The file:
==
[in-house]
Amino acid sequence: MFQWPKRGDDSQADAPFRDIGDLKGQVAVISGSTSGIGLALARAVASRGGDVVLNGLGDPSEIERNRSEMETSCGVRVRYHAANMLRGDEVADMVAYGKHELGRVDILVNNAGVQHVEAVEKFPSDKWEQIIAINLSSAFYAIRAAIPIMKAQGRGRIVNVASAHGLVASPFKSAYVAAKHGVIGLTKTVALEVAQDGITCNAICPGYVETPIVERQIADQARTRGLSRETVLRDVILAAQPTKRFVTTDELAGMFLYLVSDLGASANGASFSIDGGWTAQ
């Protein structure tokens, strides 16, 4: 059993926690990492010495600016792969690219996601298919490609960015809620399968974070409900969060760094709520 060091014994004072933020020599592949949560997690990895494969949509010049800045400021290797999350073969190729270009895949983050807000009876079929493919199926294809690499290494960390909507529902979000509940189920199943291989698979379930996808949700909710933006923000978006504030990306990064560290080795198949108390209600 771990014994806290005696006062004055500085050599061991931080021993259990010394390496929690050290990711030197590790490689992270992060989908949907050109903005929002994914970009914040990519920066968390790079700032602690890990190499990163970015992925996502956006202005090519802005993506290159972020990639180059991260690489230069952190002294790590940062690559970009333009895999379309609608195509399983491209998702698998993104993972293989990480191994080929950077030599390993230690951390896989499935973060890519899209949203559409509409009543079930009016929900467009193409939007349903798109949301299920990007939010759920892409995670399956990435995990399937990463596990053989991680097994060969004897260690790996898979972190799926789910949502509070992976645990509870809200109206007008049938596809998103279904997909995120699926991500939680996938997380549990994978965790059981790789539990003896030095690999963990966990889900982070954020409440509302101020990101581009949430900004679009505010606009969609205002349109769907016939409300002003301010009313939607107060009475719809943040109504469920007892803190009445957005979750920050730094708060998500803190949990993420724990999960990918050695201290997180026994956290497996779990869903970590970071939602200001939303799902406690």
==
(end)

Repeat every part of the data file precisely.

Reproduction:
[in-house]
Amino acid sequence: MFQWPKRGDDSQADAPFRDIGDLKGQVAVISGSTSGIGLALARAVASRGGDVVLNGLGDPSEIERNRSEMETSCGVRVRYHAANMLRGDEVADMVAYGKHELGRVDILVNNAGVQHVEAVEKFPSDKWEQIIAINLSSAFYAIRAAIPIMKAQGRGRIVNVASAHGLVASPFKSAYVAAKHGVIGLTKTVALEVAQDGITCNAICPGYVETPIVERQIADQARTRGLSRETVLRDVILAAQPTKRFVTTDELAGMFLYLVSDLGASANGASFSIDGGWTAQ
């Protein structure tokens, strides 16, 4: 059993926690990492010495600016792969690219996601298919490609960015809620399968974070409900969060760094709520 060091014994004072933020020599592949949560997690990895494969949509010049800045400021290797999350073969190729270009895949983050807000009876079929493919199926294809690499290494960390909507529902979000509940189920199943291989698979379930996808949700909710933006923000978006504030990306990064560290080795198949108390209600 771990014994806290005696006062004055500085050599061991931080021993259990010394390496929690050290990711030197590790490689992270992060989908949907050109903005929002994914970009914040990519920066968390790079700032602690890990190499990163970015992925996502956006202005090519802005993506290159972020990639180059991260690489230069952190002294790590940062690559970009333009895999379309609608195509399983491209998702698998993104993972293989990480191994080929950077030599390993230690951390896989499935973060890519899209949203559409509409009543079930009016929900467009193409939007349903798109949301299920990007939010759920892409995670399956990435995990399937990463596990053989991680097994060969004897260690790996898979972190799926789910949502509070992976645990509870809200109206007008049938596809998103279904997909995120699926991500939680996938997380549990994978965790059981790789539990003896030095690999963990966990889900982070954020409440509302101020990101581009949430900004679009505010606009969609205002349109769907016939409300002003301010009313939607107060009475719809943040109504469920007892803190009445957005979750920050730094708060998500803190949990993420724990999960990918050695201290997180026994956290497996779990869903970590970071939602200001939303799902406690």